Choosing a title for your press release is arguably the most important part. Here's why and a little inspiration to help you along.
The title of your press release is arguably the most important piece of your entire release. It’s what causes the difference between the journalist clicking the little red X or double clicking to open.
Here’s where we go deep into the bowels of the rules for choosing titles for anything that will display on the internet.
Write your Title as the Very Last Step of the Writing Process
You can’t really choose a title when the release hasn’t been written yet. So don’t do that. Wait until the entire release is written, and then based on the persona it’s written for write the title that would be most appealing to that person.
Keep it simple, Sweetheart. Your goal with a title is to draw the reader in with your news. Do that with the subject of what the release is about in an interesting way, in the shortest amount of characters possible. In fact, imagine the title like a tweet. After 140 characters, it’s getting cut off.
Example of a bad title: Apple announces a brand spanking new gadget that will make every single gadget you own obsolete on March 4th.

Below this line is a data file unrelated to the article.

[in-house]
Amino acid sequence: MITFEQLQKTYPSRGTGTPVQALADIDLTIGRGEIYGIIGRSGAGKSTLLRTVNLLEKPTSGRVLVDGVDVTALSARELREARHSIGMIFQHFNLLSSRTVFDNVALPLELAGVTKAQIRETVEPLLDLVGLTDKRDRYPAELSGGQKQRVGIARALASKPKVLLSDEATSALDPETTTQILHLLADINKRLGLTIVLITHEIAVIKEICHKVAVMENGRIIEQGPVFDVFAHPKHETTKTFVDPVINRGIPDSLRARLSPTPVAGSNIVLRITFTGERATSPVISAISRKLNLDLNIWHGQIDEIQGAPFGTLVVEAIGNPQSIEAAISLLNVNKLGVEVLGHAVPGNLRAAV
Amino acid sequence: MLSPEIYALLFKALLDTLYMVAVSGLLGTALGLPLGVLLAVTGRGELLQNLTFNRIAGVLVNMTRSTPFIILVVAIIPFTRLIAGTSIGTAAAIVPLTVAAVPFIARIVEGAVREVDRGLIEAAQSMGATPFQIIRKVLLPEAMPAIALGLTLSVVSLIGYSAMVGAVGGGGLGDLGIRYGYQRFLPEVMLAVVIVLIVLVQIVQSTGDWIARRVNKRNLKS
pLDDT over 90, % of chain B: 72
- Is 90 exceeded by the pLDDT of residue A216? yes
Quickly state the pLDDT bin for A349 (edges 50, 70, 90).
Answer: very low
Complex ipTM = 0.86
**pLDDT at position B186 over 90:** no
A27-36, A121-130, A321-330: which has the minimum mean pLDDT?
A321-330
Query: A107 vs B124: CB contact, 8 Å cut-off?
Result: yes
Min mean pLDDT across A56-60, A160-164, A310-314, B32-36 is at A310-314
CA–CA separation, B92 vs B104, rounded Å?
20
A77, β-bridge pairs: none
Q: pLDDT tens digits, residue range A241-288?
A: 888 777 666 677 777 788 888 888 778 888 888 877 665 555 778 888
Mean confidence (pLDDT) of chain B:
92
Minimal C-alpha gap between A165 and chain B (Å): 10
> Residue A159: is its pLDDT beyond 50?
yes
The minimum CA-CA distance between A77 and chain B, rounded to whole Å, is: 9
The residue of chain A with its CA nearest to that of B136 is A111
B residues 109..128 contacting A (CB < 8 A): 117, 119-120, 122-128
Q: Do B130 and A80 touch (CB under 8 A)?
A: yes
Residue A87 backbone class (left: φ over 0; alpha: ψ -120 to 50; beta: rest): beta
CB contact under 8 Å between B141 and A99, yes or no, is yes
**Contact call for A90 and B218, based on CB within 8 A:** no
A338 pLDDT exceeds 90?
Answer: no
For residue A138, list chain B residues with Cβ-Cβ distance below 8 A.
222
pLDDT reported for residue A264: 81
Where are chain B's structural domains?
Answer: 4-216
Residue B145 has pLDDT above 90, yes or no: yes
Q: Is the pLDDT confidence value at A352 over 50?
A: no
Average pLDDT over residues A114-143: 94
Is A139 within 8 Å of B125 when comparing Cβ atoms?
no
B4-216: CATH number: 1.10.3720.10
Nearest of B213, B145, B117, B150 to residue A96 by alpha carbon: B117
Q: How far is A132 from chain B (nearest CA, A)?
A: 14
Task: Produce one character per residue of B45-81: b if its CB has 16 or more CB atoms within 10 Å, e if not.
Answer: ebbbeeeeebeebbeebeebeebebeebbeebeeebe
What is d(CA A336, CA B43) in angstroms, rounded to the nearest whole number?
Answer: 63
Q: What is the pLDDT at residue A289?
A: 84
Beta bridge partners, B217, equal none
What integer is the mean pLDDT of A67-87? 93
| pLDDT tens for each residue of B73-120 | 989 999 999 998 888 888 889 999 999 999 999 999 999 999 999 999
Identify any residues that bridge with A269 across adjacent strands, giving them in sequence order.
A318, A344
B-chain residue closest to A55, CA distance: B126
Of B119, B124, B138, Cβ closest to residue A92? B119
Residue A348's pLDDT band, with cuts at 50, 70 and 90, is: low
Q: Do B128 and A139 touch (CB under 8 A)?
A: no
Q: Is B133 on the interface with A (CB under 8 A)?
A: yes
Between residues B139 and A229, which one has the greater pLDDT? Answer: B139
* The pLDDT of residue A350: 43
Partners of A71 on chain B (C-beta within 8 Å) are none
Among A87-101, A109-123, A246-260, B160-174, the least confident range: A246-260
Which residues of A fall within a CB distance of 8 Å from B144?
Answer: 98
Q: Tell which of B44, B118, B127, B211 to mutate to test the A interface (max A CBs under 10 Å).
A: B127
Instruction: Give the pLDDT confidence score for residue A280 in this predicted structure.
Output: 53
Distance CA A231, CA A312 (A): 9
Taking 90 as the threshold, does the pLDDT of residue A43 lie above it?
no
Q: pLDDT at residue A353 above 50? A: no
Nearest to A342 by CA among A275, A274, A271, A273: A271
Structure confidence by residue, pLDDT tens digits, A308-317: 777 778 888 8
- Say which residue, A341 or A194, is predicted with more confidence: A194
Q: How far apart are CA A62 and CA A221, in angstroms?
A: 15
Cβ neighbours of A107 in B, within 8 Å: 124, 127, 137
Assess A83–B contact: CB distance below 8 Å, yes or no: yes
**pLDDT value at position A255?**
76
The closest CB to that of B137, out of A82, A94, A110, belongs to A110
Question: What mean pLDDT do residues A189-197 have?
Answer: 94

Example of good: Apple Releases Gadget March 4th That Renders Yours Useless
Why? The second example gives you the very same information with 9 less words, is interesting, and also makes the reader think: “Waitaminute. I just got my phone a month ago!”
Title Your Release As If It Were a Freestanding Article
Because it is. And can be, and honestly should be. As we learned earlier in the series, you’re writing your release so that if desired, it could be published as is and would have the same effect as having an accredited journalist write it. So give it a title befitting its awesome contents. Imagine what would happen if it were on the homepage of the NY Times. What would their headline read for your content? Choose that one.
Use A Keyword or Three
As discussed in the SEO article of this series, using your keywords is imperative to good SEO for the content. It’s unwritten (or now written, however you want to look at it) law to include your main keyword in your title. If you can slide a second or third into the title naturally – do that.
By Marc DeLeuw